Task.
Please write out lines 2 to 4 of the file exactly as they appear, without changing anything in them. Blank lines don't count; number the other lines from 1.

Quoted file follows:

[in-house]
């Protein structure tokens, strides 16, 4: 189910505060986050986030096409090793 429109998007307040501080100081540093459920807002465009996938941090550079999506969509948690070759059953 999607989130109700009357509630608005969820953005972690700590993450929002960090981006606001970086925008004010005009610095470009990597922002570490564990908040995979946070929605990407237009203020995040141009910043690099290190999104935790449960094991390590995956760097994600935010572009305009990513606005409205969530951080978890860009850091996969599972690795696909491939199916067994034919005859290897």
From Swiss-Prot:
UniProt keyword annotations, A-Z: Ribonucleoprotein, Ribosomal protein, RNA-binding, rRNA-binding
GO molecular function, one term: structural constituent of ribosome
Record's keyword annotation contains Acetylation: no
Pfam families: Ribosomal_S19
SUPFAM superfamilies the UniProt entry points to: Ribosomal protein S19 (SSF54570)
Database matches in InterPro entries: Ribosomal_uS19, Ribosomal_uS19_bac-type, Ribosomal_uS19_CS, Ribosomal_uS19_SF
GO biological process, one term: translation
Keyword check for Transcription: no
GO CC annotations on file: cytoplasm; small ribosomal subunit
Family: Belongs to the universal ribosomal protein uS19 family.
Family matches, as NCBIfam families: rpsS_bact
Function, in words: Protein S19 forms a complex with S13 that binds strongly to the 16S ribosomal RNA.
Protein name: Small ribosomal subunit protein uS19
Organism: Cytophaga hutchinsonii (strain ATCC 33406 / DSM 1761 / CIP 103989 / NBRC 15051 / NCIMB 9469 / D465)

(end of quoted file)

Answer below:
């Protein structure tokens, strides 16, 4: 189910505060986050986030096409090793 429109998007307040501080100081540093459920807002465009996938941090550079999506969509948690070759059953 999607989130109700009357509630608005969820953005972690700590993450929002960090981006606001970086925008004010005009610095470009990597922002570490564990908040995979946070929605990407237009203020995040141009910043690099290190999104935790449960094991390590995956760097994600935010572009305009990513606005409205969530951080978890860009850091996969599972690795696909491939199916067994034919005859290897």
From Swiss-Prot:
UniProt keyword annotations, A-Z: Ribonucleoprotein, Ribosomal protein, RNA-binding, rRNA-binding